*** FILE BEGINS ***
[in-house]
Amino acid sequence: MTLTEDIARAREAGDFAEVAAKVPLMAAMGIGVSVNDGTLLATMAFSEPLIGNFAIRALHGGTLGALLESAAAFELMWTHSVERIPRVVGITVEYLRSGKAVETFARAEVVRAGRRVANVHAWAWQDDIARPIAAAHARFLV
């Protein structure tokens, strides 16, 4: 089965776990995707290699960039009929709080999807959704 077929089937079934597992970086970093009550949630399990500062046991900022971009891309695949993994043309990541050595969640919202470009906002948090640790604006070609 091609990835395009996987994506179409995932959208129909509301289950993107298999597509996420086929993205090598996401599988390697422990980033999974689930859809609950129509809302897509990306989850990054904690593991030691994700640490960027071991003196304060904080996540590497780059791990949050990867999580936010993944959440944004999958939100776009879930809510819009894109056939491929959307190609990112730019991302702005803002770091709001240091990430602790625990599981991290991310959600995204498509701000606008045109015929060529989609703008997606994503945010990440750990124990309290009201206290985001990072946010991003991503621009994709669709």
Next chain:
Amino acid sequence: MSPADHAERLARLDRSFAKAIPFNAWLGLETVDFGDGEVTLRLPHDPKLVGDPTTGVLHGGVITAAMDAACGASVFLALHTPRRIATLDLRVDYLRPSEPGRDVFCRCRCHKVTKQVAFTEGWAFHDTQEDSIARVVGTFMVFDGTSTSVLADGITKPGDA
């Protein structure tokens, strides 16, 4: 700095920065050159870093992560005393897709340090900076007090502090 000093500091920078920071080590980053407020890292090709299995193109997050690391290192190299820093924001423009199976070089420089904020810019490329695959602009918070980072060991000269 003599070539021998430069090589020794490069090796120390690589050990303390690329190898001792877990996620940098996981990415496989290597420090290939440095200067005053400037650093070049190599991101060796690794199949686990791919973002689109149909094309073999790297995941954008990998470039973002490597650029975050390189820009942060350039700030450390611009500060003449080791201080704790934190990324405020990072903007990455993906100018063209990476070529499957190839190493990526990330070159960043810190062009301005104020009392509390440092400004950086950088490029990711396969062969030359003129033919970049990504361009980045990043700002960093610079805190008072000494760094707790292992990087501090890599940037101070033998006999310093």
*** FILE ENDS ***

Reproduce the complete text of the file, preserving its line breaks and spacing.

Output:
[in-house]
Amino acid sequence: MTLTEDIARAREAGDFAEVAAKVPLMAAMGIGVSVNDGTLLATMAFSEPLIGNFAIRALHGGTLGALLESAAAFELMWTHSVERIPRVVGITVEYLRSGKAVETFARAEVVRAGRRVANVHAWAWQDDIARPIAAAHARFLV
């Protein structure tokens, strides 16, 4: 089965776990995707290699960039009929709080999807959704 077929089937079934597992970086970093009550949630399990500062046991900022971009891309695949993994043309990541050595969640919202470009906002948090640790604006070609 091609990835395009996987994506179409995932959208129909509301289950993107298999597509996420086929993205090598996401599988390697422990980033999974689930859809609950129509809302897509990306989850990054904690593991030691994700640490960027071991003196304060904080996540590497780059791990949050990867999580936010993944959440944004999958939100776009879930809510819009894109056939491929959307190609990112730019991302702005803002770091709001240091990430602790625990599981991290991310959600995204498509701000606008045109015929060529989609703008997606994503945010990440750990124990309290009201206290985001990072946010991003991503621009994709669709």
Next chain:
Amino acid sequence: MSPADHAERLARLDRSFAKAIPFNAWLGLETVDFGDGEVTLRLPHDPKLVGDPTTGVLHGGVITAAMDAACGASVFLALHTPRRIATLDLRVDYLRPSEPGRDVFCRCRCHKVTKQVAFTEGWAFHDTQEDSIARVVGTFMVFDGTSTSVLADGITKPGDA
């Protein structure tokens, strides 16, 4: 700095920065050159870093992560005393897709340090900076007090502090 000093500091920078920071080590980053407020890292090709299995193109997050690391290192190299820093924001423009199976070089420089904020810019490329695959602009918070980072060991000269 003599070539021998430069090589020794490069090796120390690589050990303390690329190898001792877990996620940098996981990415496989290597420090290939440095200067005053400037650093070049190599991101060796690794199949686990791919973002689109149909094309073999790297995941954008990998470039973002490597650029975050390189820009942060350039700030450390611009500060003449080791201080704790934190990324405020990072903007990455993906100018063209990476070529499957190839190493990526990330070159960043810190062009301005104020009392509390440092400004950086950088490029990711396969062969030359003129033919970049990504361009980045990043700002960093610079805190008072000494760094707790292992990087501090890599940037101070033998006999310093």